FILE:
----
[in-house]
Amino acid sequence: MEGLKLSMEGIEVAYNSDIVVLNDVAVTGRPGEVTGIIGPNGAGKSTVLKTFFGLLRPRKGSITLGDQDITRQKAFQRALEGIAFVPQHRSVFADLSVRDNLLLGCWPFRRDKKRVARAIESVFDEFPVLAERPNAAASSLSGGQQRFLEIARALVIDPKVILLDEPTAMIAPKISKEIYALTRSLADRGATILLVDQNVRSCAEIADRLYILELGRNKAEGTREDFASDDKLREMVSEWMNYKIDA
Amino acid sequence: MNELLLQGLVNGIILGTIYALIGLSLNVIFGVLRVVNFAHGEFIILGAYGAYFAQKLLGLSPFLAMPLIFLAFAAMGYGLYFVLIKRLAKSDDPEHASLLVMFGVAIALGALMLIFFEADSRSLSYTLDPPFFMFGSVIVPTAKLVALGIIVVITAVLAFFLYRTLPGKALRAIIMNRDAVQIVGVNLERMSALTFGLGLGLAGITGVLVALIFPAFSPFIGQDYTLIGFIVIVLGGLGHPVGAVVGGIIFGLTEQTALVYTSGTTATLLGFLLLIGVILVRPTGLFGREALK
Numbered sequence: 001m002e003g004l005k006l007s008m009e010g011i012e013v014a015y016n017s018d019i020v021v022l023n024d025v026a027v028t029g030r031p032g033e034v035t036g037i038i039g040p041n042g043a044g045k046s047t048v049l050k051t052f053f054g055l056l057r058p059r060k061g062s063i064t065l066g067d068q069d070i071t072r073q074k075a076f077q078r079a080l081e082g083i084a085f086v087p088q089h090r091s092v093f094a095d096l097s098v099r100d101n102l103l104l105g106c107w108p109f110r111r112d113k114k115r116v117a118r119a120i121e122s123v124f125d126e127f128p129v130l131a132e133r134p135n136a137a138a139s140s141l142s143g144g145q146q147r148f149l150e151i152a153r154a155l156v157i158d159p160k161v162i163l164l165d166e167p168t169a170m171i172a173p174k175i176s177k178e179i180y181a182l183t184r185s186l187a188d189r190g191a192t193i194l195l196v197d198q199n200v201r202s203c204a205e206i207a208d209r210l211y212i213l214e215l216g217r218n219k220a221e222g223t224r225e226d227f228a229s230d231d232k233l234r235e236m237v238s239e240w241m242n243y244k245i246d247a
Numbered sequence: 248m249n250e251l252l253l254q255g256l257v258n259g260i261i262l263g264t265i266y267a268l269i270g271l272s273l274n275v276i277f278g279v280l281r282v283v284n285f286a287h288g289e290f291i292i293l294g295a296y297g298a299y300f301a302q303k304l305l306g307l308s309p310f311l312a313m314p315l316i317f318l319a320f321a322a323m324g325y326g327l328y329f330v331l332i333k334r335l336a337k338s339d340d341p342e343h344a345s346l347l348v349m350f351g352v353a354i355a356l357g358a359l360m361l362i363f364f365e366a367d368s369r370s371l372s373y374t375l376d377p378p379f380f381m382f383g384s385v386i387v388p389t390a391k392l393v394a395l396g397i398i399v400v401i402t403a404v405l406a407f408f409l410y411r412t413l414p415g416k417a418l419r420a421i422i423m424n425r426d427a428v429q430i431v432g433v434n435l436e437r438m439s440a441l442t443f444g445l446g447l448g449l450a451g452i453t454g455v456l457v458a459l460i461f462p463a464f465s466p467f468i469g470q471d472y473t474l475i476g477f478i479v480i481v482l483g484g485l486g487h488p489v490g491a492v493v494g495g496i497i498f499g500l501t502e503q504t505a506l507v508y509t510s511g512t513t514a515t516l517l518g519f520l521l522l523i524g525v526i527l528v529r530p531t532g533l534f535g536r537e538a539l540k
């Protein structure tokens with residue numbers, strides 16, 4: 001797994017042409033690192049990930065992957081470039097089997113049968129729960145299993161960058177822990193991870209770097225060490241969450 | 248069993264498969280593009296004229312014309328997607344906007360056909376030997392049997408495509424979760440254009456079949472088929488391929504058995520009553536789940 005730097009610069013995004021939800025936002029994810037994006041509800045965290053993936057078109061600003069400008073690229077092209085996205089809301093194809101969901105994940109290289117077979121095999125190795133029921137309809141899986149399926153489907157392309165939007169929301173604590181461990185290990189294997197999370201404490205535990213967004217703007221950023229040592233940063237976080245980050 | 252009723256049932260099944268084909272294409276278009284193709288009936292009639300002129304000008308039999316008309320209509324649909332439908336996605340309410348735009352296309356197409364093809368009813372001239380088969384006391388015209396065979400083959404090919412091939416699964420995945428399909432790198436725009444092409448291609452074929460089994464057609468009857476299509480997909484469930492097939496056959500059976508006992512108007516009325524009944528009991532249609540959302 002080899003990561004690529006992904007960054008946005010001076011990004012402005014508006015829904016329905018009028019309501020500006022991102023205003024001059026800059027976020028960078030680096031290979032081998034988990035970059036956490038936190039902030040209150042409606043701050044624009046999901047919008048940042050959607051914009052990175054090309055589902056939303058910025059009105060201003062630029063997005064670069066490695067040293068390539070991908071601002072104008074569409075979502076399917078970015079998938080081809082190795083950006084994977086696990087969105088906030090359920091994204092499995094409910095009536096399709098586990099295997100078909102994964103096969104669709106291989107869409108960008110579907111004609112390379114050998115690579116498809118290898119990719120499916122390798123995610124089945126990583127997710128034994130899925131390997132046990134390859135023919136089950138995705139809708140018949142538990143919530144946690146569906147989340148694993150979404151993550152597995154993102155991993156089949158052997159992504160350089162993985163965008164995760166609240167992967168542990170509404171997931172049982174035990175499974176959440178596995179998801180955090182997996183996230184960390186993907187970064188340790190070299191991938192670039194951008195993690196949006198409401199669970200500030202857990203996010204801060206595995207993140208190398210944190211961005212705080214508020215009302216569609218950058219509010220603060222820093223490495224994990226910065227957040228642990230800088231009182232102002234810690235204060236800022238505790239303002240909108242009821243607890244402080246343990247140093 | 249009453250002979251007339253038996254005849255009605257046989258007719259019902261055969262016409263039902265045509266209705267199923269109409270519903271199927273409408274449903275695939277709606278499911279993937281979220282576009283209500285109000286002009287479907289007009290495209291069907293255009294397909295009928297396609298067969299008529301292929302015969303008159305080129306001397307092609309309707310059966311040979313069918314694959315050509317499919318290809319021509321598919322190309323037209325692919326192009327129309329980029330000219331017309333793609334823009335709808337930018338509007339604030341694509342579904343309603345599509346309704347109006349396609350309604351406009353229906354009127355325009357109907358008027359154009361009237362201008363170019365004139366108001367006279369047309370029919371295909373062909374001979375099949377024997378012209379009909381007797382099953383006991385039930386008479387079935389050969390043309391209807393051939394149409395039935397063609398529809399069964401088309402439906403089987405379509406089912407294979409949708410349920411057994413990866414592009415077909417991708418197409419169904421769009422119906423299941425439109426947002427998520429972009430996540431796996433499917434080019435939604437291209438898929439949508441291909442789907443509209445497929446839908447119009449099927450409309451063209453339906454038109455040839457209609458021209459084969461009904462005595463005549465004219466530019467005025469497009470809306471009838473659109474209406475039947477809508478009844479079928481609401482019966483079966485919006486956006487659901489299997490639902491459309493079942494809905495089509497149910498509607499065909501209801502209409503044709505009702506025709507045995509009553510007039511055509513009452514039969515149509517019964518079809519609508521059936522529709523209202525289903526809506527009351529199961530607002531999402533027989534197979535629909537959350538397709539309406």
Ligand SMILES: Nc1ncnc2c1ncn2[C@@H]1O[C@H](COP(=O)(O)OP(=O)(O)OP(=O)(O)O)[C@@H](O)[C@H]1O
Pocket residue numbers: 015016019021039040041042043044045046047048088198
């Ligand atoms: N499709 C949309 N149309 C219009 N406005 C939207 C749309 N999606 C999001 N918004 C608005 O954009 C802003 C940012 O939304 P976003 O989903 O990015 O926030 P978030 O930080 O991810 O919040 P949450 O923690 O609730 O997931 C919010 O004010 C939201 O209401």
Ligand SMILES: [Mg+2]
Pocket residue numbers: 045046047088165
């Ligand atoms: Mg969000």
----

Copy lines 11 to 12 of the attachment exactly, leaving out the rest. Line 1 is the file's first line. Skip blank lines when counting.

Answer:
Pocket residue numbers: 045046047088165
């Ligand atoms: Mg969000």